This ransomware strain was no longer being submitted to ID-Ransomware after the month of February 2022, and the ransomware constructor was leaked on VirusTotal in the month of June 2021.


As BleepingComputer explained, because various encryption extensions were used by affiliates, certain versions of the Thanos ransomware were originally misidentified as belonging to the Prometheus, Haron, or Hakbit ransomware families, but the researchers from the Insikt Group at Recorded Future revealed that both are the same malicious software.

Based on code similarity, string reuse, and core functionality, Insikt Group assesses with high confidence that ransomware samples tracked as Hakbit are built using the Thanos ransomware builder developed by Nosophoros.


According to a press release issued by the Department of Justice (DOJ), Zagala is accused of publicly discussing how his “clients” used his tools in ransomware attacks. This allegedly included linking to a news story about an Iranian state-sponsored hacking group’s use of Thanos to attack Israeli companies.

Zagala advertised the Thanos software on various online forums frequented by cybercriminals, using screennames that referred to Greek mythology.  His two preferred nicknames were “Aesculapius,” referring to the ancient Greek god of medicine, and “Nosophoros,” meaning “disease-bearing” in Greek.  In public advertisements for the program, Zagala bragged that ransomware made using Thanos was nearly undetectable by antivirus programs, and that “once encryption is done,” the ransomware would “delete itself,” making detection and recovery “almost impossible” for the victim.

In private chats with customers, Zagala explained to them how to deploy his ransomware products—how to design a ransom note, steal passwords from victim computers, and set a Bitcoin address for ransom payments.  As Zagala explained to one customer, discussing Jigsaw: “Victim 1 pays at the given btc [Bitcoin] address and decrypts his files.”  Zagala also noted that “there is a punishment… [i]f user reboots.  For every rerun it will punish you with 1000 files deleted.”  After Zagala explained all the features of the software, the customer replied: “Sir, I really need to say this . . . You are the best developer ever.”  Zagala responded: “Thank you that is nice to hear[.]  Im very flattered and proud.”  Zagala had only one request: “If you have time and its not too much trouble to you please describe your experience with me” in an online review.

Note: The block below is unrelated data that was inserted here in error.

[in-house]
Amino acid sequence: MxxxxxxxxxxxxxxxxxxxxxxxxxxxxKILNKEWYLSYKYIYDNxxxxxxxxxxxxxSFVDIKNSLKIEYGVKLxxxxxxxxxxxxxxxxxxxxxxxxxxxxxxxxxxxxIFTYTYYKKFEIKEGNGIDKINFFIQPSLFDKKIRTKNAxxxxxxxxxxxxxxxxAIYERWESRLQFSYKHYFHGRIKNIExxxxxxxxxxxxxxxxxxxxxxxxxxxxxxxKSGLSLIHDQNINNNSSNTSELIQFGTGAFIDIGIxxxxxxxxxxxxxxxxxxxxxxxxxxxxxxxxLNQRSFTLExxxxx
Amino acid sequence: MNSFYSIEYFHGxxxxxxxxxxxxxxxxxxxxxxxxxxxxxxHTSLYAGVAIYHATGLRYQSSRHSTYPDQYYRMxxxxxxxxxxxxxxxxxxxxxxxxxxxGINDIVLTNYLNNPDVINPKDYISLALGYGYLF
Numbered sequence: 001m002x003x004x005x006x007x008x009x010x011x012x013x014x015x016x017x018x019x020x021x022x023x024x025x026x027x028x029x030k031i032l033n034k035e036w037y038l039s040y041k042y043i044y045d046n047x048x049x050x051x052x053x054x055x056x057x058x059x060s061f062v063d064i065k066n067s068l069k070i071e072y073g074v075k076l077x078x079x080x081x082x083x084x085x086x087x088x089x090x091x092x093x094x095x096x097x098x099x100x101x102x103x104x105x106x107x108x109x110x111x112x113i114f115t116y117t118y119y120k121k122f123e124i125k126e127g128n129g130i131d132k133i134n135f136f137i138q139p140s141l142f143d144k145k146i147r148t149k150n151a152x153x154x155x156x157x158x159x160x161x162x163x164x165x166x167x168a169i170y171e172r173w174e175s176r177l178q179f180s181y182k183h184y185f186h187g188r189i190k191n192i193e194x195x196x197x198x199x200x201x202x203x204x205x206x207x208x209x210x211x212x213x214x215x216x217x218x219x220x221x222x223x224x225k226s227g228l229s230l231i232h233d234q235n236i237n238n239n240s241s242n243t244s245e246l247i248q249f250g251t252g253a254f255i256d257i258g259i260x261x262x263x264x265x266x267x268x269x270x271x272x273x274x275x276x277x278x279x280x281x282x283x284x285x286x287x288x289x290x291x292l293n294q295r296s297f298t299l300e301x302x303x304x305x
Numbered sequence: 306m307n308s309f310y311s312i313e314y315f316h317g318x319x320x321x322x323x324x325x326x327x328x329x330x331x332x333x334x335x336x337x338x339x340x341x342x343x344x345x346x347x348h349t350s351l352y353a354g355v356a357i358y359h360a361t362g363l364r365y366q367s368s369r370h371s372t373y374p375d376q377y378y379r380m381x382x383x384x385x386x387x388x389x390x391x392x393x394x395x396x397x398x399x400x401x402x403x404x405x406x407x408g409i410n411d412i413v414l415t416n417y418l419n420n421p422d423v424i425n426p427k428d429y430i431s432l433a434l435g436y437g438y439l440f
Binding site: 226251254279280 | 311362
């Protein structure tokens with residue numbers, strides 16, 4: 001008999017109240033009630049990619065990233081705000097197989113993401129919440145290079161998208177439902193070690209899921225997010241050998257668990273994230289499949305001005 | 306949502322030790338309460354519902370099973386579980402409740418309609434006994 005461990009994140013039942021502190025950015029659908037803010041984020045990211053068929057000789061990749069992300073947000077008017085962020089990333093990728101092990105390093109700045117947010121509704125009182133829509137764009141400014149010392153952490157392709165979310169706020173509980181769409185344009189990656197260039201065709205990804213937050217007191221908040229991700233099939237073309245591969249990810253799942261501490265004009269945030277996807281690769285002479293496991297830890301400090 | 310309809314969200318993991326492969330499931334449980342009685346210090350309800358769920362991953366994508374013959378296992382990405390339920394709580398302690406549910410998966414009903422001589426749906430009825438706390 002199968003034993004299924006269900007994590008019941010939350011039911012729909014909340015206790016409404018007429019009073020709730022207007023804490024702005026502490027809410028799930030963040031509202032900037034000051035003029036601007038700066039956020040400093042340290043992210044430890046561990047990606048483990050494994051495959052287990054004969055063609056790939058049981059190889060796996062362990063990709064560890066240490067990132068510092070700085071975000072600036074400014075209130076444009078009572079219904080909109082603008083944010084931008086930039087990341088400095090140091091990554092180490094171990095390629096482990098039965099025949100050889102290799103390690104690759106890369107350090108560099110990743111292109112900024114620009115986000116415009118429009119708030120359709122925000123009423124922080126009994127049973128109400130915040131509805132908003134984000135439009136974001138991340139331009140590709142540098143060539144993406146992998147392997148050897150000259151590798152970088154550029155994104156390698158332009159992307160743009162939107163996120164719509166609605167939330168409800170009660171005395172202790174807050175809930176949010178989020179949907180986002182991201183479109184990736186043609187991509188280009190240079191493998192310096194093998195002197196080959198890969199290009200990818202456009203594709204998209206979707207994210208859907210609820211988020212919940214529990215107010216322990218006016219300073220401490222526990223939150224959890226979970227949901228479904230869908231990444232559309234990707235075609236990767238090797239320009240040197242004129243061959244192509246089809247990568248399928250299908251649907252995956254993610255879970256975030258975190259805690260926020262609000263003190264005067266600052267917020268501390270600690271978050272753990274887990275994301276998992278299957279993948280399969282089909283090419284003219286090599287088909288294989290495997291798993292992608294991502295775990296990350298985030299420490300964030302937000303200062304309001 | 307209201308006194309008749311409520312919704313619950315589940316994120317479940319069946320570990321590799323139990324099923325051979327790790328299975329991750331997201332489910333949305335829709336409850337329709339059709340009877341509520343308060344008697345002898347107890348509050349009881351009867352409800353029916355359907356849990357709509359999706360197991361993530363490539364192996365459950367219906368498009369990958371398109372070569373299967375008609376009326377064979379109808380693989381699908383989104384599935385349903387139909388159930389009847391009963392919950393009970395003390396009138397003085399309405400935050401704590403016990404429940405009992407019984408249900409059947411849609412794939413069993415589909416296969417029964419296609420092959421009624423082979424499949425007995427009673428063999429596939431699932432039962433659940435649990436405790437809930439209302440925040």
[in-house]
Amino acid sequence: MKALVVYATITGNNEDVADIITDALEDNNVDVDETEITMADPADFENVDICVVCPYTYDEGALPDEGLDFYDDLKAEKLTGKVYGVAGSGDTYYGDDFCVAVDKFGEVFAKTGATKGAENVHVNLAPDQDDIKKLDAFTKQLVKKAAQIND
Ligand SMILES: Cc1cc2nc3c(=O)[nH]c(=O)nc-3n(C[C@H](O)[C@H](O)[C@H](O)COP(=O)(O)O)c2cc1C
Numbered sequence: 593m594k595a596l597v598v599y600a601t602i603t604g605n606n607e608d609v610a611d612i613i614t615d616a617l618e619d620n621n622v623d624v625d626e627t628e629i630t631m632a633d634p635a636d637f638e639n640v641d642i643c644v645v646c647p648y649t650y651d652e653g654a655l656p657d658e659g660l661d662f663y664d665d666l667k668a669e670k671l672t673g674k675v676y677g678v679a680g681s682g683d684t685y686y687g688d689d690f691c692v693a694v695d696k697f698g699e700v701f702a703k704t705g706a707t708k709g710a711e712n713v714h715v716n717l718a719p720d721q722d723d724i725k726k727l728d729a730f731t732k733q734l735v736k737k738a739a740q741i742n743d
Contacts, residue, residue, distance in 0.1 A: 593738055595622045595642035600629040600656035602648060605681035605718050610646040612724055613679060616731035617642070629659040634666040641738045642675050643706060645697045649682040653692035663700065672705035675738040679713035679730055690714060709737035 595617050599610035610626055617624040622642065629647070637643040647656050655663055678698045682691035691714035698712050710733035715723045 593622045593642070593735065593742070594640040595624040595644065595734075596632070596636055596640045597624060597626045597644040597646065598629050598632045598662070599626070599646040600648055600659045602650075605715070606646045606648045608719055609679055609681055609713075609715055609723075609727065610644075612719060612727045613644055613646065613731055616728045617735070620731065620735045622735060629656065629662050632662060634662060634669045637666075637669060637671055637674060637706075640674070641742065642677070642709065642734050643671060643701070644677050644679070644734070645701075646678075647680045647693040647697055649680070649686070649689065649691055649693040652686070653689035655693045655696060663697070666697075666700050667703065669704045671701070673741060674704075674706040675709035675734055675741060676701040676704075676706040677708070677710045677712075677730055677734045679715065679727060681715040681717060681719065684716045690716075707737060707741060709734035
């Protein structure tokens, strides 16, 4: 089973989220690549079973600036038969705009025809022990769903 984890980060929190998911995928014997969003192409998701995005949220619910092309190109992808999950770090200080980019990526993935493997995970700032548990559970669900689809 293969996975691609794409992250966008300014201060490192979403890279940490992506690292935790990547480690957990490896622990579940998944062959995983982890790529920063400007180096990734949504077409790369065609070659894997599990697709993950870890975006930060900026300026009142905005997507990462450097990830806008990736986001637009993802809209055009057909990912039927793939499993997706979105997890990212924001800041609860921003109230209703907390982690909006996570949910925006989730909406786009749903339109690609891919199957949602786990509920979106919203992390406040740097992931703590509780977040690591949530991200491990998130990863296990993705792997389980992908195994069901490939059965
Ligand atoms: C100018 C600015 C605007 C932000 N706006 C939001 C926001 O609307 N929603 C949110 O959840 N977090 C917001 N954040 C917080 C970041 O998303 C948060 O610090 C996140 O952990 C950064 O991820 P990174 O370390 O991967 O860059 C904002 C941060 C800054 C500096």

After conducting an interview with one of Zagala’s relatives in May 2022, law enforcement officers were able to connect him to the Thanos ransomware operation. The conversation was conducted after the relative used a PayPal account to collect part of Zagala’s illegal gains from the ransomware operation.

Zagala may face up to five years in jail if he is found guilty of both the attempted computer intrusion and the conspiracy to conduct computer intrusion charges. Both of these charges have a maximum sentence of five years.